Let the milk cool to 116 degrees. Add the starter (or yogurt); mix well.

Pour into containers and cover (I use ramekins with lids). Keep covered, at 116 degrees for at least 6 hours (mine takes 8-9 hours), or until set to the consistency of thick cream. This is where the dehydrator comes in.

Refrigerate and serve cold. This will keep, refrigerated, for up to 2 weeks.

Saturday, November 5, 2011

Domestic Goddess Dress Up: Pregnant Goddess Edition

I know, I know, the "Which Post Would You Like To See Next" poll is closed and the winner is clear. Meaning I SHOULD be posting my Baked Pumpkin Doughnut Tutorial right now. But I am just too excited and this can't wait. But I promise, as soon as I get my act together and buy some eggs, I will be making and posting the doughnut tutorial.

This post is actually TWO tutorials. That's right. Jackpot.
Last night I woke up at about 4 am (not out of the ordinary) with a brilliant idea. For about 6 or 7 years now I have been madly in love with Starbuck's Green Tea Frappuccinos with raspberry syrup. It's my guilty pleasure (because of the surprisingly high calories... if you add the whipping cream) and one of my favorite desserts. So, this morning I woke up thinking "why not make my own tea frappuccino... and why not make it Red Raspberry Leaf Tea?

If you are unfamiliar with red raspberry leaf tea, it is extremely good for women, especially pregnant women, and, being pregnant, I've been drinking it every day for quite a long time.

Now, I love tea, I'm a big tea fan. But, I haven't been creative and so I've been drinking my RRL tea the regular hot way every day. It's getting boring.

Lying in bed, I came up with my game plan. Then I got up and ready and went to work. It took all of about 20 minutes.

First, I needed some raspberry syrup. Luckily for me, I had seen a tutorial recently on how to make various flavored syrups, so I whipped some up.

Tutorial #1: Raspberry Syrup


1 Cup Water
1 Cup Honey (the recipe called for sugar, but I have access to lots and lots of honey. Here's why, if you'd like to know. Plus, the whole idea of this endeavor is to keep a healthy body, so honey it was. You can use whatever you would like, the measurement stays the same)
3/4 Cup Raspberries (preferably fresh, I used some I had picked last sumer and frozen. And I used my whole bag, which was about 1 1/3 cups for more raspberry flavor with less sweet)

Combine the honey, water and raspberries in a small saucepan.

Heat the mixture over medium-high, stirring occasionally, until the honey has dissolved. Reduce the heat to low and let simmer, about 10-15 minutes.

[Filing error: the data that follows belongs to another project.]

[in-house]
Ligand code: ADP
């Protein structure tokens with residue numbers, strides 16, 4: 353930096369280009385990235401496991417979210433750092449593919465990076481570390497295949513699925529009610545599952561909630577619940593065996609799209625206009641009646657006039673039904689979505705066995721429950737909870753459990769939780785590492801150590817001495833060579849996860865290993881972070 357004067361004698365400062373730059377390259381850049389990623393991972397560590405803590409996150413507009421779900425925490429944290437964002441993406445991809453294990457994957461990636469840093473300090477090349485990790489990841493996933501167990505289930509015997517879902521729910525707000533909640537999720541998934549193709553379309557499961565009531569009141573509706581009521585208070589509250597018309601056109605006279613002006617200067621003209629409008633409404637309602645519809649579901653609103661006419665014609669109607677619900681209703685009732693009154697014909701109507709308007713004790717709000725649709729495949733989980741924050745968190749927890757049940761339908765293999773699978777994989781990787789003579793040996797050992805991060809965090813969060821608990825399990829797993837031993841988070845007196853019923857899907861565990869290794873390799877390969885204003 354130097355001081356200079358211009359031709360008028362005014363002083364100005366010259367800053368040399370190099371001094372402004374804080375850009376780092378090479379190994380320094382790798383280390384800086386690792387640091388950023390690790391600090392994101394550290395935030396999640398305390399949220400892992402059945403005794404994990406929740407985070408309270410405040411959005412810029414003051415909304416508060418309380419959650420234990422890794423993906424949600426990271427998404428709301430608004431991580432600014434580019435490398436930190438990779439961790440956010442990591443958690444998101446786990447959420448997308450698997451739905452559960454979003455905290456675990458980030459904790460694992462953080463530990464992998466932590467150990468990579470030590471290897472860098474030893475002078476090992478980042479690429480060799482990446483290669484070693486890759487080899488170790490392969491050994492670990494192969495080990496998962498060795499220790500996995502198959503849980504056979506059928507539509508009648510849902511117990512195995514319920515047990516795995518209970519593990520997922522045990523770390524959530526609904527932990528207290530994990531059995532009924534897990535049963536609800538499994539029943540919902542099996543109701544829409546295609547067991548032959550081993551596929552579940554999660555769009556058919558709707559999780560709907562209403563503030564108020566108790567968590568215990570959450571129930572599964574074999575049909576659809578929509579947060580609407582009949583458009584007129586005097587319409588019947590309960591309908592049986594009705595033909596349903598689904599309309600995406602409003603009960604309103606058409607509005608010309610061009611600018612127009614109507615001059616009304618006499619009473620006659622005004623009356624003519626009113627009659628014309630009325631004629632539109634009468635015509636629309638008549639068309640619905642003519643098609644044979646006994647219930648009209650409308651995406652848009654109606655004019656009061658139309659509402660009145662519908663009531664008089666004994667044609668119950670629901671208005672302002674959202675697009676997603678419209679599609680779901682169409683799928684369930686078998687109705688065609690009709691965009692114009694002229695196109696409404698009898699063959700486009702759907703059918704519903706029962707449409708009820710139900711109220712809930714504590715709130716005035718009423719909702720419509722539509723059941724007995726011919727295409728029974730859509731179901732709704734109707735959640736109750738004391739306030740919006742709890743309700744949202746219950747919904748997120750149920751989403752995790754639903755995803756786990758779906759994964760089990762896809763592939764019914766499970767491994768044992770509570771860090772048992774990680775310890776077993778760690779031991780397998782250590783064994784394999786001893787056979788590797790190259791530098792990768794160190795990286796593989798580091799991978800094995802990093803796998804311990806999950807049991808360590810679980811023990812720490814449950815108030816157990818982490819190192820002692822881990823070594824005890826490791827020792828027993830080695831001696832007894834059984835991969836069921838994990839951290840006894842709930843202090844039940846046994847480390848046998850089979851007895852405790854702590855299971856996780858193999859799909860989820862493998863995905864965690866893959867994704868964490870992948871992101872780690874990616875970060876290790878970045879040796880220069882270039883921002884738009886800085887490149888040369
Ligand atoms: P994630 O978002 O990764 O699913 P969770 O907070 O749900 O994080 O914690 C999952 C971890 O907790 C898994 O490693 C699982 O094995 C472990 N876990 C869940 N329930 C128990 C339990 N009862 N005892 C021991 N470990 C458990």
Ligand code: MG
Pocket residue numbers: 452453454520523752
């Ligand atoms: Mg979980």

Remove from the heat and pour through a fine mesh strainer to remove the berry solids.

Side note, muslin is too fine... as this picture below clearly shows. You won't get anywhere.

Let cool. Store in the refrigerator.

Now how easy is that?

So, I had my syrup, now I just needed to make the Frappuccino. Which brings us to...

Tutorial #2: Red Raspberry Leaf Tea Frappuccino

First, I had to grind my tea a bit. This is the way my tea comes (I buy in bulk, not in the regular baggies)

So, with my trusty Vitamix, I ground it down to a fairly fine powder. Like so.

Then, I just googled the recipe and followed it.

Since I love to simplify everything as much as possible, I have found the ULTIMATE way to prepare the frappuccino, sans leaf clumps and separating!

1. Brew your tea as normal
2. Pour tea into ice cube trays and freeze
3. Use these instead of regular ice cubes!

1/2 teaspoon RRL tea powder (This didn't seem like I'd get enough tea goodness, so I tripled it to 1 1/2 tsp. Next time I will do a bit more, I think 1 T. would be perfect) - You don't need this if following the updated version.
1/8 cup hot water (I don't know why they say 1/8 cup, it's just 2 tablespoons) - you don't need this either. See?! Simplify.
1/2 cup milk (raw milk... that post is coming up too, get excited)
1 tablespoon sugar (honey)
1 cup ice (I guess I added about 1 1/2 cups...) -UPDATED - Use your ice tea cubes.
a blender in which to throw all these things
2 T. Raspberry Syrup (I just eyeballed it because this wasn't in the recipe)


Start with the hot water and the green tea powder and wait for it to dissolve before pouring it into the blender. I also put the raspberry syrup in at this time, and I just put them into the blender and stirred them up a little bit, letting the tea steep for a few minutes.

Next, add the sugar (honey) and (raw) milk to the blender.

Mix it all together by running the blender for a few short bursts.

Add the ice and then blend until you get your preferred texture. You'll probably want to stop short of completely blending it so that you get a milkshake type feel to the frappuccino.

And behold: The wonderfully delicious concoction. It really is good, and I'm looking forward to many more months of drinking it! And thinking about it, the only things added to the regular way of drinking this tea are: raspberries, raw milk, and ice. I usually sweeten with honey anyway.

I've started adding frozen strawberries to my frappuccinos, I don't know why I didn't think of it right from the beginning. It's that much more delish.

Pregnant women around the world, you're welcome. :)